‘Fight Club’ Author Chuck Palahniuk Kind of Likes China’s Censored Ending

Rules be damned, people can’t stop talking about Fight Club. This week, viewers noticed that the ending to David Fincher‘s 1999 cult classic has been altered ahead of its debut on Chinese streamer Tencent Video. Ironically enough, perhaps the only person not up-in-arms about the changed ending is author Chuck Palahniuk, who penned the 1996 novel on which Fincher’s film is based.

In an interview with TMZ, Palahniuk pointed out that the Chinese’s version actually hews closer to his book than the uncensored movie did. In the film’s original conclusion, Edward Norton‘s narrator murders his alter ego (Brad Pitt) and blows up several skyscrapers, but in the Chinese version the authorities save the day. A translated version of the title card reads: “The police rapidly figured out the whole plan and arrested all criminals, successfully preventing the bomb from exploding. After the trial, Tyler was sent to a lunatic asylum receiving psychological treatment. He was discharged from the hospital in 2012.”

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In the book, the narrator’s elaborate plan also fails—not because of law enforcement intervention, but because the bomb malfunctions. He then shoots himself in the head and winds up in a mental hospital.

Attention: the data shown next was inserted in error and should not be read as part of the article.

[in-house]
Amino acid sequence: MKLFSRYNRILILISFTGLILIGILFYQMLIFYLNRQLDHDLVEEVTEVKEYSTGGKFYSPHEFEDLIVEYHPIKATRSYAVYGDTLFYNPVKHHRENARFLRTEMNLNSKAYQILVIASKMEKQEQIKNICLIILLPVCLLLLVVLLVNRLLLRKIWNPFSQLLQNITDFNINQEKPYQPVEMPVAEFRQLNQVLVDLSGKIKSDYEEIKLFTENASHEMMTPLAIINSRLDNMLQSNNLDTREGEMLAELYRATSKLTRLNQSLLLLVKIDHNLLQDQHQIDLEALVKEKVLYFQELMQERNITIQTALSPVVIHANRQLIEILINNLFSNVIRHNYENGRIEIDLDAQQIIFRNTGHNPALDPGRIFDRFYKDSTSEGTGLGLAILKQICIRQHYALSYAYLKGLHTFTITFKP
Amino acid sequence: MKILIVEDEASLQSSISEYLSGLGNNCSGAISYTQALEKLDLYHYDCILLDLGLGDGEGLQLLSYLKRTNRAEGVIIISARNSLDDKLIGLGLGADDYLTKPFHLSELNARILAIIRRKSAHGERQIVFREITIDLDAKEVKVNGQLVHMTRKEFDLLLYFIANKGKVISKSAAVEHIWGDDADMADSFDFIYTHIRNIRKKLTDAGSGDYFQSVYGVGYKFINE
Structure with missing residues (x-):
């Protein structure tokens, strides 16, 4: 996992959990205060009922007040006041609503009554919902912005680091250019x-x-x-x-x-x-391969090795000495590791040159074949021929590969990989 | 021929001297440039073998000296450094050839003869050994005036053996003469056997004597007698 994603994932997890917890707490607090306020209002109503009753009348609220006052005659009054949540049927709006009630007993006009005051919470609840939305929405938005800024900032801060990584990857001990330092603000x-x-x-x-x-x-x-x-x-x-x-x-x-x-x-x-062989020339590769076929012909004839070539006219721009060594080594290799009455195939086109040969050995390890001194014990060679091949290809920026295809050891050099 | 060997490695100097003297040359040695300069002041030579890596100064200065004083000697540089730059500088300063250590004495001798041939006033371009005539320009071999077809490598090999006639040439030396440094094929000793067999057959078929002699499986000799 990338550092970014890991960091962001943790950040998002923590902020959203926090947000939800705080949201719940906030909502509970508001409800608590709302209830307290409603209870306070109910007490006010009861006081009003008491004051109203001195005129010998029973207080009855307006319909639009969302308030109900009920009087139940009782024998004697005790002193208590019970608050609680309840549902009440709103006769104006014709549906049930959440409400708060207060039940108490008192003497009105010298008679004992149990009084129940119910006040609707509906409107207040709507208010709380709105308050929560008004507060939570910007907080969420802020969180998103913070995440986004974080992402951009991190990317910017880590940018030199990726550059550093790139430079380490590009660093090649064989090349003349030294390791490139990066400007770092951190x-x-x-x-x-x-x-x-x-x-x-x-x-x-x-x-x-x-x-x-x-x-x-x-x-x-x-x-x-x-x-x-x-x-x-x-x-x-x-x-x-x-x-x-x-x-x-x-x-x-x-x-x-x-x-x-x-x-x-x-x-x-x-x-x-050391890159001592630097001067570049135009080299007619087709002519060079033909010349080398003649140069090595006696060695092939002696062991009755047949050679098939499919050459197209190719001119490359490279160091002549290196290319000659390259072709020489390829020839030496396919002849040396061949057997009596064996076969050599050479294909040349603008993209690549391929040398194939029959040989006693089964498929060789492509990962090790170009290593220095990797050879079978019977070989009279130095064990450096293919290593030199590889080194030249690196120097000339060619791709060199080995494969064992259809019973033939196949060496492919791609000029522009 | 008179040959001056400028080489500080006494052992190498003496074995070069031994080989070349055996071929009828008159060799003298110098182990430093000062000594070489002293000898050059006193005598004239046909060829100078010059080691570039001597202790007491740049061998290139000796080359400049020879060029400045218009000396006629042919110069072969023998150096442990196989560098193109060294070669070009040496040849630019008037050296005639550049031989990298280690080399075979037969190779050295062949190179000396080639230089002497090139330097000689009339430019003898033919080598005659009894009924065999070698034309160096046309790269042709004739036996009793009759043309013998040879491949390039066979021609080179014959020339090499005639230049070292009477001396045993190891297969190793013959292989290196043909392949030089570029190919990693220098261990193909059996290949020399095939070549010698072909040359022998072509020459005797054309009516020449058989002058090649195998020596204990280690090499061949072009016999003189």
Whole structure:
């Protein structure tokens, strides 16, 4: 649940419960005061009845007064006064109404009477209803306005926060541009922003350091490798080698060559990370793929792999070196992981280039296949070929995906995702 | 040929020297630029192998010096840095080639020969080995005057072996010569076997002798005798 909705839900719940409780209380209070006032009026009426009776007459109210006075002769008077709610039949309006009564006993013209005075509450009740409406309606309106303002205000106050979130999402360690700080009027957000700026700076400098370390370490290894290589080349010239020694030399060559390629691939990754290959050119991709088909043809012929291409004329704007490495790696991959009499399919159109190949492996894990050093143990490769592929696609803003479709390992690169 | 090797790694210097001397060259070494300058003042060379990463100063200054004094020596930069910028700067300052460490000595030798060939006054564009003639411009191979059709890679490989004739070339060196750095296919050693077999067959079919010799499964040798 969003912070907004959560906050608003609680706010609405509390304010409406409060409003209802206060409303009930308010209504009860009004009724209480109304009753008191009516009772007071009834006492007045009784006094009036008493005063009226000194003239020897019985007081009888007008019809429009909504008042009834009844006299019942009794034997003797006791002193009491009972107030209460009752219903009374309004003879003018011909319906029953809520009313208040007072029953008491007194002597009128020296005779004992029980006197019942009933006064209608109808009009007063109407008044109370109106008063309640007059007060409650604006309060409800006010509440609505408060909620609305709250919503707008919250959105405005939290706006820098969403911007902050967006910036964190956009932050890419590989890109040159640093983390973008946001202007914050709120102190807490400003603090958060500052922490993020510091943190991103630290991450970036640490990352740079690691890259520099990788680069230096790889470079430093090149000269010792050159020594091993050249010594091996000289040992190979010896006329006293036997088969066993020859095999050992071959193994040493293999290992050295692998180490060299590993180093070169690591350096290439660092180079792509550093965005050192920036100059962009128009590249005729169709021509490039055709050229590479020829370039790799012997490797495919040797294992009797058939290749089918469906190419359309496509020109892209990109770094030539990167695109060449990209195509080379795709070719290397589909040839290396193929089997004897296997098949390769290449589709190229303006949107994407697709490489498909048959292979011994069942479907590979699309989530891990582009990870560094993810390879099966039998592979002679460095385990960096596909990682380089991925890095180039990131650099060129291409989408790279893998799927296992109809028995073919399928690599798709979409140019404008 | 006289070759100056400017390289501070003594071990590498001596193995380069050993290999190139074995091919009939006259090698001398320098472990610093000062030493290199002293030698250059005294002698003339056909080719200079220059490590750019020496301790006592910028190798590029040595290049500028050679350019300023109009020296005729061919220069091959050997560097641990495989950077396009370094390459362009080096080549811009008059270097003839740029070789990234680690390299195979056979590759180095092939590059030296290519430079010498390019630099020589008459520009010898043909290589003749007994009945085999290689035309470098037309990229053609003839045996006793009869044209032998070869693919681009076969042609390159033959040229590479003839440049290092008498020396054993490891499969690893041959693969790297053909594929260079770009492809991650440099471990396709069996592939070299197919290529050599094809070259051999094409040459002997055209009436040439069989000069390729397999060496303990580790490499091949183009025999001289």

“The irony is that the way the Chinese have changed it, they aligned the ending almost exactly with the ending of the book, as opposed to Fincher’s ending, which was the most spectacular visual ending,” Palahniuk told TMZ. “So in a way, the Chinese brought the ending back to the book a little bit.”

The author maintained that he didn’t think this was the Chinese government’s intent. Still, he finds the backlash against the censorship to be ironic. “What I find really interesting is that my books are heavily banned throughout the US,” Palahniuk said. “The Texas prison system refuses to carry my books in its libraries. A lot of public schools and most private schools refuse to carry my books. But it’s only an issue once China changes the end of a movie. I’ve been putting up with book banning for a long time.”

Palahnuik’s nonchalant response comes in light of multiple international adaptations that have altered his book. “A lot of my overseas publishers have edited the novel itself so that the novel ends the way the movie ends,” I explained. “So I’ve been dealing with this kind of revision for like, 25 years.”

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